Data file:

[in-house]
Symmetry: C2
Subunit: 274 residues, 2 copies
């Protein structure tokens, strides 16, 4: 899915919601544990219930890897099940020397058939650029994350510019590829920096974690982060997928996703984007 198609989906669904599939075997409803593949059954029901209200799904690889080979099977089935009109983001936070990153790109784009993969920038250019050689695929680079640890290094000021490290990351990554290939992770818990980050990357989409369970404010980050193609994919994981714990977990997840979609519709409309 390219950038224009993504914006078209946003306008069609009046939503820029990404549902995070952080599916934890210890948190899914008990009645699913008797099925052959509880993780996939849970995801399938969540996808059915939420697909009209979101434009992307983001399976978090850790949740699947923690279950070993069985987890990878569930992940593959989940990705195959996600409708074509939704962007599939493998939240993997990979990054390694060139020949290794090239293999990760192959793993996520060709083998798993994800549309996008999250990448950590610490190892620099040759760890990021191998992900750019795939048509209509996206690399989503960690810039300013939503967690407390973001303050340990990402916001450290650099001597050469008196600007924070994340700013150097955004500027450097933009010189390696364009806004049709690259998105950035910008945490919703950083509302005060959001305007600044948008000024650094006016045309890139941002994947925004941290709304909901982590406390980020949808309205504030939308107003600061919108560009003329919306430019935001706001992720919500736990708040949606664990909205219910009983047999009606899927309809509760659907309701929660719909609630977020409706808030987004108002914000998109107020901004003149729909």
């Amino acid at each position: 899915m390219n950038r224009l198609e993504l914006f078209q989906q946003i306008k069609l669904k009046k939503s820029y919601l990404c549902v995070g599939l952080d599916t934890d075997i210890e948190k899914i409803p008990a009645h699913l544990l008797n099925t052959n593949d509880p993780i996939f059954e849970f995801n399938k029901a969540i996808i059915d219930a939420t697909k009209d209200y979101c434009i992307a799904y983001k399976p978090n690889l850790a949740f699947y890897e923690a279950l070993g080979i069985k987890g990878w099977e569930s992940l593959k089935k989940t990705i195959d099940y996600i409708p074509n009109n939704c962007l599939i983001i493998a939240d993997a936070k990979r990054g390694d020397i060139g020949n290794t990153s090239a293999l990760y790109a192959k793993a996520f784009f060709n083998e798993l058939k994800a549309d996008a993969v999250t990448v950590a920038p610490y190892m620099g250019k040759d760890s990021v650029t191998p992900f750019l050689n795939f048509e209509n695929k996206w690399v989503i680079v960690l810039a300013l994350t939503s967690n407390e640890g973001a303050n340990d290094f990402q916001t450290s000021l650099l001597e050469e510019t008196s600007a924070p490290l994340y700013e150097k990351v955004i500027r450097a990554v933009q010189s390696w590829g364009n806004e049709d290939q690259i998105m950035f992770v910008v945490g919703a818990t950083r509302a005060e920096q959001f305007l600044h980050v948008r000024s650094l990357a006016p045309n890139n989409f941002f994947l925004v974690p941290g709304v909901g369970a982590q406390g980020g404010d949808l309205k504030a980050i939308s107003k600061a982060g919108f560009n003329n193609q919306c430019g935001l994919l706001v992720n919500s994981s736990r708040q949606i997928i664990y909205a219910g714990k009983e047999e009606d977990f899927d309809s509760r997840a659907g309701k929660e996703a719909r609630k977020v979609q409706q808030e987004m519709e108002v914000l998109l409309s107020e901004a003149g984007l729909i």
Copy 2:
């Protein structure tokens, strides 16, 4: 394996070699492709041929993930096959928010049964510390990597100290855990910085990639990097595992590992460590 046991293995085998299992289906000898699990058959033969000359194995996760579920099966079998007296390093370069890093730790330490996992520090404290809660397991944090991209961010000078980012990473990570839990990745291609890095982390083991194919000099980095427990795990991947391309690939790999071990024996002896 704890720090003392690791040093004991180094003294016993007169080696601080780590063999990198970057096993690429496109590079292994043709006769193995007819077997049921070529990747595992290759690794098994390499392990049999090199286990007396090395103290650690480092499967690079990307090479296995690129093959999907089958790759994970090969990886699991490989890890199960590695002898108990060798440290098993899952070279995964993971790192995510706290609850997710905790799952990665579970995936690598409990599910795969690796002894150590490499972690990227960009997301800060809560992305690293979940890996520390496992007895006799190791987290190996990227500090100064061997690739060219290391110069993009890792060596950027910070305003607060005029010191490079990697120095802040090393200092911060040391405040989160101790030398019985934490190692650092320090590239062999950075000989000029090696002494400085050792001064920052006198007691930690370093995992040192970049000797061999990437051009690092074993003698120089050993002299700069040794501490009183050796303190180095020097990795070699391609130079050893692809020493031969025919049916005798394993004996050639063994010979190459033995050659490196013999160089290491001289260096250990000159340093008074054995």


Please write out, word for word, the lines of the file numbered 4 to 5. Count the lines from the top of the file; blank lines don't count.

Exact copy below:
């Protein structure tokens, strides 16, 4: 899915919601544990219930890897099940020397058939650029994350510019590829920096974690982060997928996703984007 198609989906669904599939075997409803593949059954029901209200799904690889080979099977089935009109983001936070990153790109784009993969920038250019050689695929680079640890290094000021490290990351990554290939992770818990980050990357989409369970404010980050193609994919994981714990977990997840979609519709409309 390219950038224009993504914006078209946003306008069609009046939503820029990404549902995070952080599916934890210890948190899914008990009645699913008797099925052959509880993780996939849970995801399938969540996808059915939420697909009209979101434009992307983001399976978090850790949740699947923690279950070993069985987890990878569930992940593959989940990705195959996600409708074509939704962007599939493998939240993997990979990054390694060139020949290794090239293999990760192959793993996520060709083998798993994800549309996008999250990448950590610490190892620099040759760890990021191998992900750019795939048509209509996206690399989503960690810039300013939503967690407390973001303050340990990402916001450290650099001597050469008196600007924070994340700013150097955004500027450097933009010189390696364009806004049709690259998105950035910008945490919703950083509302005060959001305007600044948008000024650094006016045309890139941002994947925004941290709304909901982590406390980020949808309205504030939308107003600061919108560009003329919306430019935001706001992720919500736990708040949606664990909205219910009983047999009606899927309809509760659907309701929660719909609630977020409706808030987004108002914000998109107020901004003149729909």
């Amino acid at each position: 899915m390219n950038r224009l198609e993504l914006f078209q989906q946003i306008k069609l669904k009046k939503s820029y919601l990404c549902v995070g599939l952080d599916t934890d075997i210890e948190k899914i409803p008990a009645h699913l544990l008797n099925t052959n593949d509880p993780i996939f059954e849970f995801n399938k029901a969540i996808i059915d219930a939420t697909k009209d209200y979101c434009i992307a799904y983001k399976p978090n690889l850790a949740f699947y890897e923690a279950l070993g080979i069985k987890g990878w099977e569930s992940l593959k089935k989940t990705i195959d099940y996600i409708p074509n009109n939704c962007l599939i983001i493998a939240d993997a936070k990979r990054g390694d020397i060139g020949n290794t990153s090239a293999l990760y790109a192959k793993a996520f784009f060709n083998e798993l058939k994800a549309d996008a993969v999250t990448v950590a920038p610490y190892m620099g250019k040759d760890s990021v650029t191998p992900f750019l050689n795939f048509e209509n695929k996206w690399v989503i680079v960690l810039a300013l994350t939503s967690n407390e640890g973001a303050n340990d290094f990402q916001t450290s000021l650099l001597e050469e510019t008196s600007a924070p490290l994340y700013e150097k990351v955004i500027r450097a990554v933009q010189s390696w590829g364009n806004e049709d290939q690259i998105m950035f992770v910008v945490g919703a818990t950083r509302a005060e920096q959001f305007l600044h980050v948008r000024s650094l990357a006016p045309n890139n989409f941002f994947l925004v974690p941290g709304v909901g369970a982590q406390g980020g404010d949808l309205k504030a980050i939308s107003k600061a982060g919108f560009n003329n193609q919306c430019g935001l994919l706001v992720n919500s994981s736990r708040q949606i997928i664990y909205a219910g714990k009983e047999e009606d977990f899927d309809s509760r997840a659907g309701k929660e996703a719909r609630k977020v979609q409706q808030e987004m519709e108002v914000l998109l409309s107020e901004a003149g984007l729909i």